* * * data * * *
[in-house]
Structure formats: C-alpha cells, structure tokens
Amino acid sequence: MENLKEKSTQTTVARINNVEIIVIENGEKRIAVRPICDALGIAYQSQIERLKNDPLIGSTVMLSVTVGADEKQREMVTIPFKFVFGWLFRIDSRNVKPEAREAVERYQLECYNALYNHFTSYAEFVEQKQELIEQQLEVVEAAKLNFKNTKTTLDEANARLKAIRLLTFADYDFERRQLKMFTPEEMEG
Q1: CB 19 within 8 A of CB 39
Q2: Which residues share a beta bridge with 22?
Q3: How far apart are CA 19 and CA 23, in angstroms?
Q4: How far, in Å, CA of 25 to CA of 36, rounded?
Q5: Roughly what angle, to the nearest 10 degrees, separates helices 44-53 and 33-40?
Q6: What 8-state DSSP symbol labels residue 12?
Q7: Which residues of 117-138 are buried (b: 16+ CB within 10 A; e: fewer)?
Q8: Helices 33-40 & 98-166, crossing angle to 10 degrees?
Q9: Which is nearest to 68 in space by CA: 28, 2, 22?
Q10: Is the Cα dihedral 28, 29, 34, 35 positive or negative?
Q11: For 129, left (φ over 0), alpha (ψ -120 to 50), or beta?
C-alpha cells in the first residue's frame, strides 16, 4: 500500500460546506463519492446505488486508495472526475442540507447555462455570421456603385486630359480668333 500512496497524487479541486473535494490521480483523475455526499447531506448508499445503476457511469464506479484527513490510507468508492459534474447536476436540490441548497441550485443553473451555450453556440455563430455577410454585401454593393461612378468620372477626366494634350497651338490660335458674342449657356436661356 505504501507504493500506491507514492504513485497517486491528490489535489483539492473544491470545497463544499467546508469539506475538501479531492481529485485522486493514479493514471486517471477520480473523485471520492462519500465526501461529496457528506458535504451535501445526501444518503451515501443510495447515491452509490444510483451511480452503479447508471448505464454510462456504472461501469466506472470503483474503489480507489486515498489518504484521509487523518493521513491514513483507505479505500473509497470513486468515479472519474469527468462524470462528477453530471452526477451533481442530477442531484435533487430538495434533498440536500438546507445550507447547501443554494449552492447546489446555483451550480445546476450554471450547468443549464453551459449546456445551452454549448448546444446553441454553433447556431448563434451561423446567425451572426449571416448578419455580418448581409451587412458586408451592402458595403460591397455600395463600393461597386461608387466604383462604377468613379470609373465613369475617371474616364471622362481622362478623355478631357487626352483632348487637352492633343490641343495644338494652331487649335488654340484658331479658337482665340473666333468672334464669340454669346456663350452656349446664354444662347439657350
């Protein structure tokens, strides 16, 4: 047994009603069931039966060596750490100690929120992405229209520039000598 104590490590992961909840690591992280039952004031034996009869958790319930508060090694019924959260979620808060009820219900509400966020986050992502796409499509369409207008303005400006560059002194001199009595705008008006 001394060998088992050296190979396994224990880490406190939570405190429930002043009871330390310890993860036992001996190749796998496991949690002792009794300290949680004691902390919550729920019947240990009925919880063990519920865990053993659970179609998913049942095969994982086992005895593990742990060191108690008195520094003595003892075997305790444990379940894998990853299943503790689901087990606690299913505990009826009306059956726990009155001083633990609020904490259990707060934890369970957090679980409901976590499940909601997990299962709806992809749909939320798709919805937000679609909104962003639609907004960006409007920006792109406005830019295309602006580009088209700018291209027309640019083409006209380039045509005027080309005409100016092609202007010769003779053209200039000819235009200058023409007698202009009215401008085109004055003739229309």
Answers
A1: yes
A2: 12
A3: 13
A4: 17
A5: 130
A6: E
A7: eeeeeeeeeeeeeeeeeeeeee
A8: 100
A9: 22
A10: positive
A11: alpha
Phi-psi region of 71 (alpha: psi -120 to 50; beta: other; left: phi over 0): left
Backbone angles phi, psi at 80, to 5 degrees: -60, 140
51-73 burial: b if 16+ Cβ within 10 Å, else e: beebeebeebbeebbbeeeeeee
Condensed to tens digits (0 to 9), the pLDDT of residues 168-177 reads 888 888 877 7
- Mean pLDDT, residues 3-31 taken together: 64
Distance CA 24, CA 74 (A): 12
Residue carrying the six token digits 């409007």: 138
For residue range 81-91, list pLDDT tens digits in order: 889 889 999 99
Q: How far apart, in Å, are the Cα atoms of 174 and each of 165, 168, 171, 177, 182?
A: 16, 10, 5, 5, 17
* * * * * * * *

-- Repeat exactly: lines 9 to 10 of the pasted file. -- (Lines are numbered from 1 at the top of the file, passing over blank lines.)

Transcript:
Q6: What 8-state DSSP symbol labels residue 12?
Q7: Which residues of 117-138 are buried (b: 16+ CB within 10 A; e: fewer)?